The Rubicon Hetzer is a great kit, and it went together well.  The only criticism I have is the one hatch should be added to the model earlier in the build to avoid potentially dropping it inside a fully enclosed chassis.  Other than that, this kit went together very well and provided an excellent opportunity to try one of the more difficult camouflage schemes.

I like to add weight to my plastic kits to give them a little more heft on the tabletop.  Here, I glued some pinewood derby weights in the the lower hull.

I decided to hold off on adding the treads and wheels to the body until after prime and base color painting
Part B13, the hatch, is the one thing I think should be added earlier  (in Step 3) to the upper hull.  I didn't drop it into the hull, but it could have easily happened.
I think Step 3 is a better place to add the hatch, part B13.

Base color added and tread assemble attached.  
Creating a mask for the circle camo pattern.  I find that if I attach a piece of blue painter tape to wax paper, I can cut the stencil/mask out easily, remove the tape, and still have enough adhesive on it to attach it to the model.  The wax paper prevents the tools from sticking to the tape as you cut the stencil.
I used a 1/8-inch hole punch to create the camo patterns.

Started attaching the stencil to the vehicle

Airbrushed the camo colors
Carefully removed the tape

Finished painting, adding decals, and weathering

Immobilized Markers

Here's a super simple project that could add a nice detail to your next WWII game.

Using some tank treads from the Rubicon German Stowage Set 1, I created some immobilized markers to indicate when tracked vehicles have been, well, immobilized.

There isn't much of a "how to" with this project; I basically glued some of the tank treads from the Rubicon German Stowage Set to some bases, primed, painted, and added flock.  The pictures tell the story.

The stowage set is awesome, and it will add a lot of detail to several models.

Some finished markers
Place the markers behind your immobilized vehicle to mark it as such.

Sunday, August 7, 2016

Speed Painting

I decided to tackle an experimental project I've been considering for some time.  I wanted to try painting figures on the sprue prior to assembly.  This allows for a lot more airbrush work and faster painting.  The big question I had was, "how bad would the final product look?"

I decided to start small and paint a sprue of Warlord U.S. Infantry and a sprue of U.S. weapons.  This results in five figures and a lot of extra arms, heads, weapons, kit, etc.

In the end, the five figures took 2.5 hours to paint, assemble, and base.  I think adding a few more sprues will take advantage of the economy of scale, and my estimate is 20 figures in 5 to 6 hours.  That will be the next experiment.

I started by painting uniforms, heads, arms, and hands.  The paints used are all Vallejo model color except as noted, and I used a Grex airbrush with a 0.3 mm needle for all the airbrush work.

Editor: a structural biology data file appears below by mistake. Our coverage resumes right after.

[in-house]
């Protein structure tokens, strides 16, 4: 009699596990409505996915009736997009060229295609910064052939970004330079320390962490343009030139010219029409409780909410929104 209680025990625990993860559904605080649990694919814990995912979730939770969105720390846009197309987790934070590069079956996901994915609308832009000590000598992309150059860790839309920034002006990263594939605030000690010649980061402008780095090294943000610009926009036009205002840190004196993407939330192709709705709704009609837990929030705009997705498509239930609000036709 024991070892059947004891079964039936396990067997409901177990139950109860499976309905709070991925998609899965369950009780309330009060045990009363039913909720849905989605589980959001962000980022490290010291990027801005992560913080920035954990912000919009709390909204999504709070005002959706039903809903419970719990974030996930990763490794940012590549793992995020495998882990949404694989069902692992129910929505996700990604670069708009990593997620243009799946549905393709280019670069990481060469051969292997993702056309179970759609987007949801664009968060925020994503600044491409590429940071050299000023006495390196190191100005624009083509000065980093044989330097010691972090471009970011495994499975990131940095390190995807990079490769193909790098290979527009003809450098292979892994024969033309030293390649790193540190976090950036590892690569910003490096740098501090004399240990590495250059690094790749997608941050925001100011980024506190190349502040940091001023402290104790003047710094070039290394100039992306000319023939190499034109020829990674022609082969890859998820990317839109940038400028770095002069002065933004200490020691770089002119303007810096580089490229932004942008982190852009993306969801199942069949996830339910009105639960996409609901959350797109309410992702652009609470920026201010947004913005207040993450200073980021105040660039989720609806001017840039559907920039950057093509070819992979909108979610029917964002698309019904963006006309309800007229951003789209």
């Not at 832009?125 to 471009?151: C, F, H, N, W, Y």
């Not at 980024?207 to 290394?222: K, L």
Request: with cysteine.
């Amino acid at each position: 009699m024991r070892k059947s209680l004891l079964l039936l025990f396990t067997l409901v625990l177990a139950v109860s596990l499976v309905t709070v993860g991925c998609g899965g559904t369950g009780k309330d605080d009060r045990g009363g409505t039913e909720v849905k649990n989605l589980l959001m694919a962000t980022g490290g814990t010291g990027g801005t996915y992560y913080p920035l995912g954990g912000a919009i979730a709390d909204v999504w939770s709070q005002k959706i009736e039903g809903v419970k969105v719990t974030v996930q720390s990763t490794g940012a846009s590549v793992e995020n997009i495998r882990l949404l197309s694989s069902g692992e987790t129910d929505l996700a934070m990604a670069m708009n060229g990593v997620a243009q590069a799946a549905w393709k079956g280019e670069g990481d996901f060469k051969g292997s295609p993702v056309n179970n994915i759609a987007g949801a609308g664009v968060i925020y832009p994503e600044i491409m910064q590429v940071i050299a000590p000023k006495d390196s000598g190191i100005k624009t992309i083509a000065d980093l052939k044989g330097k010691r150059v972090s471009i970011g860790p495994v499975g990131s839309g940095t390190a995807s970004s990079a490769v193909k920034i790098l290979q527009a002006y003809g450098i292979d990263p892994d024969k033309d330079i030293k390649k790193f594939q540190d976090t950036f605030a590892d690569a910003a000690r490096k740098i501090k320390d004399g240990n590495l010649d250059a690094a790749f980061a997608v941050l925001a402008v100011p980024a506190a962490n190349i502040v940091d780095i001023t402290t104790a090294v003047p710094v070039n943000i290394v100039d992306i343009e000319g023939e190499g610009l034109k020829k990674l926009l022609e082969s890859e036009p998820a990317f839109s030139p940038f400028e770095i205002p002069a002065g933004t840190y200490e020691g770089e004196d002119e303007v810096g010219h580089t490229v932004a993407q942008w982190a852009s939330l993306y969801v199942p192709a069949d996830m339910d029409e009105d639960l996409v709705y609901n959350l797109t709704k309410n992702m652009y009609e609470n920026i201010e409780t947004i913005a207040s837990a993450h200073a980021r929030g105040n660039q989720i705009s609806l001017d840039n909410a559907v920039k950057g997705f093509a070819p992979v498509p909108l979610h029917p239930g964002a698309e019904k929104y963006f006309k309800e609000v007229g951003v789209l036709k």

Colors used:
Trousers: 873 US Field Drab
Jackets and Anklets: 988 Khaki
Boots: 984 Flat Brown
Backpacks, webbing, and pouches: 886 Green Grey
Helmets: 887 Brown Violet
Rifles: 875 Beige Brown and P3's Pig Iron

Painting Uniforms

Rifle base color

Back packs, webbing, shovels

I mounted the legs/torsos to their bases, and at that point, I hand painted all the straps and boots.  The rest of the uniforms had already been airbrushed.

The metallic parts of the rifles were painted by hand while still on the sprue.  Sorry for no pictures of those two steps.

I then assembled the figures and found very few places that needed any hand painted touchups.

I decided to use Army Painter Strong Tone Dip to provide the shading to keep with the theme of speed painting.

Painted and assembled

The dip was allowed to dry overnight, and then the I based the figures.

Below are the finished figures.  I think, considering the method used, they came out pretty well.  They pass the 3-foot, tabletop test.

Thursday, July 28, 2016

Rubicon Crusader

I recently finished the Rubicon A15 Crusader, and I'm very pleased with the detail and versatility of the kit.  It went together very nicely, and with a little bit of ingenuity, I was able to create two unique versions of the Crusader from the box.

Great kit that assembled very easily with little clean up.

Using some InstantMold, I cast an extra turret box.
Original and green stuff casting

The second turret box allowed me to build two complete turrets of the Crusader

Although it can't be seen, I added a magnet under the one hatch to allow the secondary turret to be added to represent the additional weapon.  

 Some finished shots below.  I added an antenna with the pennants showing the color/order of the day.

Warlord LRDG Truck

I completed the Warlord LRDG Truck - photos highlight the layering and shading of the monochrome paint scheme and culminate with some dusty weathering.  This is a fantastic kit with a good deal of detail, and the cargo provides for some variety of materials and colors to give the model unique desert character.

The metal and resin kit went together well, with little clean up.

Base colors added with some fading - work on the figures underway
Figure base colors complete and ready for shading and highlighting

Figures complete

 I failed to take more interim photos, but below is the "walk around" of the final piece.  Note the sun fading on the metal surfaces and areas where the blowing sand has rubbed away all the paint.